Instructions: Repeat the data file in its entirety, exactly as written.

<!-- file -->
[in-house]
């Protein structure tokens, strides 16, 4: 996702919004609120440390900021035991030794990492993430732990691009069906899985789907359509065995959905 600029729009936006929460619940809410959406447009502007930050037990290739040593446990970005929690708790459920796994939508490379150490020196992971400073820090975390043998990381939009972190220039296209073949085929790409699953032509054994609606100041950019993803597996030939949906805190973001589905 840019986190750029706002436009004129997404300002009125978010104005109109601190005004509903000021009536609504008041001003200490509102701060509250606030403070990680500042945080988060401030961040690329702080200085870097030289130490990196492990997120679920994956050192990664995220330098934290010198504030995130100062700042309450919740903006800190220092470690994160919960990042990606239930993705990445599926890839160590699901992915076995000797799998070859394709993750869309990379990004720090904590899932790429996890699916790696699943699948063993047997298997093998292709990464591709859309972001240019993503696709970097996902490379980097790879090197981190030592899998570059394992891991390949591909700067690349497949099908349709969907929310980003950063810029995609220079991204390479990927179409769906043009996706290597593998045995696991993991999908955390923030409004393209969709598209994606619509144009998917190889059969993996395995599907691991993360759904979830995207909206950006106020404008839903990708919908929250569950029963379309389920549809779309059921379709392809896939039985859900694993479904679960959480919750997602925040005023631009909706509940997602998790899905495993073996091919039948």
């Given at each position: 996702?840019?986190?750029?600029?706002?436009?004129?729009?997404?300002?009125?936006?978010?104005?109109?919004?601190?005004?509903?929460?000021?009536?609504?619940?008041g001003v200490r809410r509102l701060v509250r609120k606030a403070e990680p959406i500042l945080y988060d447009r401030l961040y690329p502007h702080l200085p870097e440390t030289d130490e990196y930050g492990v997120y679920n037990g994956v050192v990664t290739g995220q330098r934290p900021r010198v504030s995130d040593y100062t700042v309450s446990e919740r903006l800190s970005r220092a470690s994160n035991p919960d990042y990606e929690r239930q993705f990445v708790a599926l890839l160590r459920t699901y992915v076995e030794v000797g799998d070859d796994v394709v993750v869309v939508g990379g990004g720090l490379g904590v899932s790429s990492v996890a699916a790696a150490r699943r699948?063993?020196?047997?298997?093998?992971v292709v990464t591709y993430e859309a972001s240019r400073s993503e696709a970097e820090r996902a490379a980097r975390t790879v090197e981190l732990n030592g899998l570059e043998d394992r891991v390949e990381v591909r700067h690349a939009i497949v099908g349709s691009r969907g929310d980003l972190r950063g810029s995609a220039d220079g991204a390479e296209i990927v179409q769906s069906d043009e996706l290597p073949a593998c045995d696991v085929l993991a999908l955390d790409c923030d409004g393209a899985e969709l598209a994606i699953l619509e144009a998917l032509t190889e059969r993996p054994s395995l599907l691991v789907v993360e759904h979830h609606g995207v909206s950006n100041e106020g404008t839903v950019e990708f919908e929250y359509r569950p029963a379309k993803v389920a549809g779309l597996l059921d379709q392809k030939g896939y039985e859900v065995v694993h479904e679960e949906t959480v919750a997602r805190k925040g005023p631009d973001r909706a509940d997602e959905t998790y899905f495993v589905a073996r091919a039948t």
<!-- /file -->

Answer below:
[in-house]
């Protein structure tokens, strides 16, 4: 996702919004609120440390900021035991030794990492993430732990691009069906899985789907359509065995959905 600029729009936006929460619940809410959406447009502007930050037990290739040593446990970005929690708790459920796994939508490379150490020196992971400073820090975390043998990381939009972190220039296209073949085929790409699953032509054994609606100041950019993803597996030939949906805190973001589905 840019986190750029706002436009004129997404300002009125978010104005109109601190005004509903000021009536609504008041001003200490509102701060509250606030403070990680500042945080988060401030961040690329702080200085870097030289130490990196492990997120679920994956050192990664995220330098934290010198504030995130100062700042309450919740903006800190220092470690994160919960990042990606239930993705990445599926890839160590699901992915076995000797799998070859394709993750869309990379990004720090904590899932790429996890699916790696699943699948063993047997298997093998292709990464591709859309972001240019993503696709970097996902490379980097790879090197981190030592899998570059394992891991390949591909700067690349497949099908349709969907929310980003950063810029995609220079991204390479990927179409769906043009996706290597593998045995696991993991999908955390923030409004393209969709598209994606619509144009998917190889059969993996395995599907691991993360759904979830995207909206950006106020404008839903990708919908929250569950029963379309389920549809779309059921379709392809896939039985859900694993479904679960959480919750997602925040005023631009909706509940997602998790899905495993073996091919039948």
């Given at each position: 996702?840019?986190?750029?600029?706002?436009?004129?729009?997404?300002?009125?936006?978010?104005?109109?919004?601190?005004?509903?929460?000021?009536?609504?619940?008041g001003v200490r809410r509102l701060v509250r609120k606030a403070e990680p959406i500042l945080y988060d447009r401030l961040y690329p502007h702080l200085p870097e440390t030289d130490e990196y930050g492990v997120y679920n037990g994956v050192v990664t290739g995220q330098r934290p900021r010198v504030s995130d040593y100062t700042v309450s446990e919740r903006l800190s970005r220092a470690s994160n035991p919960d990042y990606e929690r239930q993705f990445v708790a599926l890839l160590r459920t699901y992915v076995e030794v000797g799998d070859d796994v394709v993750v869309v939508g990379g990004g720090l490379g904590v899932s790429s990492v996890a699916a790696a150490r699943r699948?063993?020196?047997?298997?093998?992971v292709v990464t591709y993430e859309a972001s240019r400073s993503e696709a970097e820090r996902a490379a980097r975390t790879v090197e981190l732990n030592g899998l570059e043998d394992r891991v390949e990381v591909r700067h690349a939009i497949v099908g349709s691009r969907g929310d980003l972190r950063g810029s995609a220039d220079g991204a390479e296209i990927v179409q769906s069906d043009e996706l290597p073949a593998c045995d696991v085929l993991a999908l955390d790409c923030d409004g393209a899985e969709l598209a994606i699953l619509e144009a998917l032509t190889e059969r993996p054994s395995l599907l691991v789907v993360e759904h979830h609606g995207v909206s950006n100041e106020g404008t839903v950019e990708f919908e929250y359509r569950p029963a379309k993803v389920a549809g779309l597996l059921d379709q392809k030939g896939y039985e859900v065995v694993h479904e679960e949906t959480v919750a997602r805190k925040g005023p631009d973001r909706a509940d997602e959905t998790y899905f495993v589905a073996r091919a039948t």